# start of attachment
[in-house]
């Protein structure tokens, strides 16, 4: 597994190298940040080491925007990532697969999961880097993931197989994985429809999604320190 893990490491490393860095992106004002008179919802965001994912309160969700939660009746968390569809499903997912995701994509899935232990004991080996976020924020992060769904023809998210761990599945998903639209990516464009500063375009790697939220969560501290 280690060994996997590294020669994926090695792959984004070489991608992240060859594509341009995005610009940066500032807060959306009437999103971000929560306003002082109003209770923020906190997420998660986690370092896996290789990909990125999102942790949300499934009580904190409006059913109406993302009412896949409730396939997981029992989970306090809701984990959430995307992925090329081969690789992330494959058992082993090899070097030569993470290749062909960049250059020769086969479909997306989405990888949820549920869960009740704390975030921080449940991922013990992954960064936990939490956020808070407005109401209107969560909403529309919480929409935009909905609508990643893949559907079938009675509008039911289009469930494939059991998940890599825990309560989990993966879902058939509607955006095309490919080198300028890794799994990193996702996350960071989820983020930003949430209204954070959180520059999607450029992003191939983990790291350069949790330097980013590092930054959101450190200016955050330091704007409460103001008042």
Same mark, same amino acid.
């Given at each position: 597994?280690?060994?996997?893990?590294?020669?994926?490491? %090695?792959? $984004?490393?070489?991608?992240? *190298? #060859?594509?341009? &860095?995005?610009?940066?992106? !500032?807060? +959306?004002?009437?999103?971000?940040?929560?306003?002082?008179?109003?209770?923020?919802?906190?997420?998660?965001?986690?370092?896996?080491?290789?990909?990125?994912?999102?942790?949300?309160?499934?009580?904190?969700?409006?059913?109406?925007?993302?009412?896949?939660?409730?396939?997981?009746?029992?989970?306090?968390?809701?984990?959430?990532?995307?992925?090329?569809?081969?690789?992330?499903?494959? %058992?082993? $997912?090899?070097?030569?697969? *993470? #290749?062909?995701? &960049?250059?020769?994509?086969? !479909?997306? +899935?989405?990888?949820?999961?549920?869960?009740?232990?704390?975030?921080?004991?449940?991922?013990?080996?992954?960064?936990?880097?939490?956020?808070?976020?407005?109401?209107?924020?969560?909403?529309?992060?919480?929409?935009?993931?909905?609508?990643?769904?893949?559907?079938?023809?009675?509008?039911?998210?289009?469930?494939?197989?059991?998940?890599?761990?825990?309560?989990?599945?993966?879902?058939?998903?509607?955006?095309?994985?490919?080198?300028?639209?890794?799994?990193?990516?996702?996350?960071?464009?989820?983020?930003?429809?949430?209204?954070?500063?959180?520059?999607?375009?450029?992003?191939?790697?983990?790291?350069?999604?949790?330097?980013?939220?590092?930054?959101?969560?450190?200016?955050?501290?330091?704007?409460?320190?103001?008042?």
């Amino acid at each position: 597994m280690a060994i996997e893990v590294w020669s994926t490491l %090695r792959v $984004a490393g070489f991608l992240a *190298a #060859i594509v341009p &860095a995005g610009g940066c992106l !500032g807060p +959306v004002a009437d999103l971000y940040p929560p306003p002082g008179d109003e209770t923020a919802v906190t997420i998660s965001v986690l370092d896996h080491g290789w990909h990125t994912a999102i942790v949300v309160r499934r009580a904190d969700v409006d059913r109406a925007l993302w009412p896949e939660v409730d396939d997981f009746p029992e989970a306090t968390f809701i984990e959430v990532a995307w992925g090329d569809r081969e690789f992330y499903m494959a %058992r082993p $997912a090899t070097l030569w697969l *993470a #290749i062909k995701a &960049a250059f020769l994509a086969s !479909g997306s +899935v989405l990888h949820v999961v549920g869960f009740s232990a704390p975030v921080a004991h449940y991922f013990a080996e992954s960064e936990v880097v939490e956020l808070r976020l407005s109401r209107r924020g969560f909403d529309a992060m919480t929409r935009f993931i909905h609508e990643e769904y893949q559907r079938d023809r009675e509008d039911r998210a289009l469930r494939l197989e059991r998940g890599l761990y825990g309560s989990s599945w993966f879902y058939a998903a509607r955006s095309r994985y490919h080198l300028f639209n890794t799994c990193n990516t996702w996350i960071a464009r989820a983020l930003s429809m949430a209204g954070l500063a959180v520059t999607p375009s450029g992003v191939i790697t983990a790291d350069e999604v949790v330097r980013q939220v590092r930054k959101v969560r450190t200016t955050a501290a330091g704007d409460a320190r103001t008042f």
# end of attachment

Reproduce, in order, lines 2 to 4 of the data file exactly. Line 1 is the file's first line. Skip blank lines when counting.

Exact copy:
């Protein structure tokens, strides 16, 4: 597994190298940040080491925007990532697969999961880097993931197989994985429809999604320190 893990490491490393860095992106004002008179919802965001994912309160969700939660009746968390569809499903997912995701994509899935232990004991080996976020924020992060769904023809998210761990599945998903639209990516464009500063375009790697939220969560501290 280690060994996997590294020669994926090695792959984004070489991608992240060859594509341009995005610009940066500032807060959306009437999103971000929560306003002082109003209770923020906190997420998660986690370092896996290789990909990125999102942790949300499934009580904190409006059913109406993302009412896949409730396939997981029992989970306090809701984990959430995307992925090329081969690789992330494959058992082993090899070097030569993470290749062909960049250059020769086969479909997306989405990888949820549920869960009740704390975030921080449940991922013990992954960064936990939490956020808070407005109401209107969560909403529309919480929409935009909905609508990643893949559907079938009675509008039911289009469930494939059991998940890599825990309560989990993966879902058939509607955006095309490919080198300028890794799994990193996702996350960071989820983020930003949430209204954070959180520059999607450029992003191939983990790291350069949790330097980013590092930054959101450190200016955050330091704007409460103001008042």
Same mark, same amino acid.
């Given at each position: 597994?280690?060994?996997?893990?590294?020669?994926?490491? %090695?792959? $984004?490393?070489?991608?992240? *190298? #060859?594509?341009? &860095?995005?610009?940066?992106? !500032?807060? +959306?004002?009437?999103?971000?940040?929560?306003?002082?008179?109003?209770?923020?919802?906190?997420?998660?965001?986690?370092?896996?080491?290789?990909?990125?994912?999102?942790?949300?309160?499934?009580?904190?969700?409006?059913?109406?925007?993302?009412?896949?939660?409730?396939?997981?009746?029992?989970?306090?968390?809701?984990?959430?990532?995307?992925?090329?569809?081969?690789?992330?499903?494959? %058992?082993? $997912?090899?070097?030569?697969? *993470? #290749?062909?995701? &960049?250059?020769?994509?086969? !479909?997306? +899935?989405?990888?949820?999961?549920?869960?009740?232990?704390?975030?921080?004991?449940?991922?013990?080996?992954?960064?936990?880097?939490?956020?808070?976020?407005?109401?209107?924020?969560?909403?529309?992060?919480?929409?935009?993931?909905?609508?990643?769904?893949?559907?079938?023809?009675?509008?039911?998210?289009?469930?494939?197989?059991?998940?890599?761990?825990?309560?989990?599945?993966?879902?058939?998903?509607?955006?095309?994985?490919?080198?300028?639209?890794?799994?990193?990516?996702?996350?960071?464009?989820?983020?930003?429809?949430?209204?954070?500063?959180?520059?999607?375009?450029?992003?191939?790697?983990?790291?350069?999604?949790?330097?980013?939220?590092?930054?959101?969560?450190?200016?955050?501290?330091?704007?409460?320190?103001?008042?």